Baton Rouge’s dining sector has grown from staid to inventive over the decades

It’s Friday night in Baton Rouge, and finding a table at one of the area’s growing number of popular eateries is tough. Peak hours see queues of patrons waiting to sample the latest grazing boards, craft cocktails or DIY desserts, eager to leave evidence of their evening out on social media.

These days, dining options in the Capital City are robust, even as restaurateurs navigate continued challenges from labor shortages and soaring commodity costs. New spots keep coming, part of a several-years trend in which the local culinary landscape, once set in its ways, is embracing new things.

From the early ‘80s to today, the local hospitality sector has expanded considerably, fueled by factors both local and national, restaurateurs say, including an explosion in consumer awareness about food trends, the use of social media and technology by both operators and diners, the local foods movement, the collective accomplishments of restaurant groups, and, most recently, the global pandemic.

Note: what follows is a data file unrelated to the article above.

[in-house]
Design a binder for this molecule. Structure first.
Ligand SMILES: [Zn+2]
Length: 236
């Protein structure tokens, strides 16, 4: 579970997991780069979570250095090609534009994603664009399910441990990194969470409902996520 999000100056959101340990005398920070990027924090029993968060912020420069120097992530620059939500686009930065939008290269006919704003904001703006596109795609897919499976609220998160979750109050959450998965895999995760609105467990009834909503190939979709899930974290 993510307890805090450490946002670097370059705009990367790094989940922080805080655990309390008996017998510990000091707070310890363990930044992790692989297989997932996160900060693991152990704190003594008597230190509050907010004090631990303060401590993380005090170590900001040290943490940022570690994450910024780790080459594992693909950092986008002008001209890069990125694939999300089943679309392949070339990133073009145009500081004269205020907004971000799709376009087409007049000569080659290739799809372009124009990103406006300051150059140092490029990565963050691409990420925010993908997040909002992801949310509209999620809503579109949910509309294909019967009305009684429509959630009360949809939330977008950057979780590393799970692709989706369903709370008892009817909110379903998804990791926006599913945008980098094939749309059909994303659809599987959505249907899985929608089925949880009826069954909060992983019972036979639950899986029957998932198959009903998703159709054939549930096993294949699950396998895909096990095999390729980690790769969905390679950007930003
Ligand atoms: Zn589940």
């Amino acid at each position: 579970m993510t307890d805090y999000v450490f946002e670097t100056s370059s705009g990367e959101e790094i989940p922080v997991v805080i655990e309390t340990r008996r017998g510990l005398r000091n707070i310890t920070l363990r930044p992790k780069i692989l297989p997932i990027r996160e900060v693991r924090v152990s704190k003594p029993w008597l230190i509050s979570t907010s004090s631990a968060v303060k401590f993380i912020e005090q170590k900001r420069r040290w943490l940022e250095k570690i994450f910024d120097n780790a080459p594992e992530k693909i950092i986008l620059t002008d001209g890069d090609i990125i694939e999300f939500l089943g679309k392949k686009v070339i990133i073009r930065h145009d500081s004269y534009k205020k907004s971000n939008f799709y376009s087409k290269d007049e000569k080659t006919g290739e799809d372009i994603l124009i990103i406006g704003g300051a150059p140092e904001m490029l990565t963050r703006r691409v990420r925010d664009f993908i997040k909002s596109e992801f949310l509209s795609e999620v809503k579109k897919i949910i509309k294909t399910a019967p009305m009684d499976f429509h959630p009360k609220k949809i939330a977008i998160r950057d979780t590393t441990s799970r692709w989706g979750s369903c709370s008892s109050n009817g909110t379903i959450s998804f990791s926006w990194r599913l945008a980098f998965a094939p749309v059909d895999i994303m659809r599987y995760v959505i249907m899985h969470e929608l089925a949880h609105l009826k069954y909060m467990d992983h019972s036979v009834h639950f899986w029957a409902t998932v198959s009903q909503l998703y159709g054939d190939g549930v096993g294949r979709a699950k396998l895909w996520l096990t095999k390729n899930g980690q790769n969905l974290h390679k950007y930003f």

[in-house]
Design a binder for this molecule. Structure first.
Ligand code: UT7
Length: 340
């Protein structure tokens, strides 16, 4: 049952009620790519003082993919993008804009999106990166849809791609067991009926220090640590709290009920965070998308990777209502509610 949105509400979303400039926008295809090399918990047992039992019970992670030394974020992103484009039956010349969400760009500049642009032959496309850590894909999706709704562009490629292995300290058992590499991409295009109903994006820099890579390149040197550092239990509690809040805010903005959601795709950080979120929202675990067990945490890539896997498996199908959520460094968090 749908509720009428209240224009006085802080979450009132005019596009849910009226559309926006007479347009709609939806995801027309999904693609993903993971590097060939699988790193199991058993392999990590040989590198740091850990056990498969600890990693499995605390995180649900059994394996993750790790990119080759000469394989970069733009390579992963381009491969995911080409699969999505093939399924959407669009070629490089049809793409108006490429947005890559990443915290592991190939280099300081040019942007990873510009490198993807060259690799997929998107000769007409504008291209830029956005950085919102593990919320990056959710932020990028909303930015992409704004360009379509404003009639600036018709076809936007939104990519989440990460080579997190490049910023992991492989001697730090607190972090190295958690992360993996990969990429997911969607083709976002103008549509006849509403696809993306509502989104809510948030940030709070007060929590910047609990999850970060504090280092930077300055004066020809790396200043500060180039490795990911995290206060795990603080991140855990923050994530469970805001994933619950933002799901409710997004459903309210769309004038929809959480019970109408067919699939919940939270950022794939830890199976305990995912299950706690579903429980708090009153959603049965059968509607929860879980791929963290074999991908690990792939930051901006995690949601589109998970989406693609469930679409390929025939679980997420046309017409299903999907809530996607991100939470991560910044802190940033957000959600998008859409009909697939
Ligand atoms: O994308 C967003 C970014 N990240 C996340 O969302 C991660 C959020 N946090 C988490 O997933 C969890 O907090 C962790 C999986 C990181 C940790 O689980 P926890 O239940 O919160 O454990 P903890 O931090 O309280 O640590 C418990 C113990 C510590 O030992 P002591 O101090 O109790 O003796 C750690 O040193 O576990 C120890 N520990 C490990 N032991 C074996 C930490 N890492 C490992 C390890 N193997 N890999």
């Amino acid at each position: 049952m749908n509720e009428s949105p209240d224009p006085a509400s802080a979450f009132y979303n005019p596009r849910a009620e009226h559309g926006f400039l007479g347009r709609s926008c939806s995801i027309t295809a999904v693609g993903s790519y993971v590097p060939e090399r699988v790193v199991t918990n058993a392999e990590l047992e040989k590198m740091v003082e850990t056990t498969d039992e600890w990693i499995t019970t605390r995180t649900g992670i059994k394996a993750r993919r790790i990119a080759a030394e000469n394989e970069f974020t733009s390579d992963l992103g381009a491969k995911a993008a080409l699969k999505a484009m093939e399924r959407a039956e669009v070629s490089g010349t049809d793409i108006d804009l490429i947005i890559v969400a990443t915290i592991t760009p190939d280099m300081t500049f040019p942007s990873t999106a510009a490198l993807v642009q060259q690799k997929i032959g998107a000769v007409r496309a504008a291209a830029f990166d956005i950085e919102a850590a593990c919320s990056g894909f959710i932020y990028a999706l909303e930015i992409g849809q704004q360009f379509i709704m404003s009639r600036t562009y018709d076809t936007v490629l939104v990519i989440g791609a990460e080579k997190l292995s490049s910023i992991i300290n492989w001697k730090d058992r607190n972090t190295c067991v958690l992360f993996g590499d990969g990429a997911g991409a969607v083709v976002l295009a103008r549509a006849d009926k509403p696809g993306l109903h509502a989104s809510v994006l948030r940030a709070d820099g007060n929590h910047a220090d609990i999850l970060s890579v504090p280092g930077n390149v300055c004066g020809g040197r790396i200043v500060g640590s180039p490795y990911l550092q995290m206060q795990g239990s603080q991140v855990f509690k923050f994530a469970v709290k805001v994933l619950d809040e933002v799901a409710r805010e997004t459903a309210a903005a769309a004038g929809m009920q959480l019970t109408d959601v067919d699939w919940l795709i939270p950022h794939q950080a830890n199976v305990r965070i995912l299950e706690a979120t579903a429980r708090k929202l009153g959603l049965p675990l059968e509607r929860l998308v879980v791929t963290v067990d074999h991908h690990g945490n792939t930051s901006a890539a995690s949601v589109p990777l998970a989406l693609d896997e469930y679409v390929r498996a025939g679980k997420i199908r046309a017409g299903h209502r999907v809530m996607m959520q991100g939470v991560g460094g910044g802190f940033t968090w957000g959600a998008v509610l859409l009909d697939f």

“Baton Rouge has always been an eating out town with a large number of independent restaurants,” says Stan Harris, president and CEO of the Louisiana Restaurant Association and former general manager of Ruth’s Chris in Baton Rouge. “Now, it has really exciting variety.”

Read the full story about how the restaurant scene has grown and transformed over the past  40 years from the latest edition of Business Report. Send comments to [email protected].

This story originally appeared in a Sept. 13 issue of Daily Report. To keep up with Baton Rouge business and politics, subscribe to the free Daily Report e-newsletter here.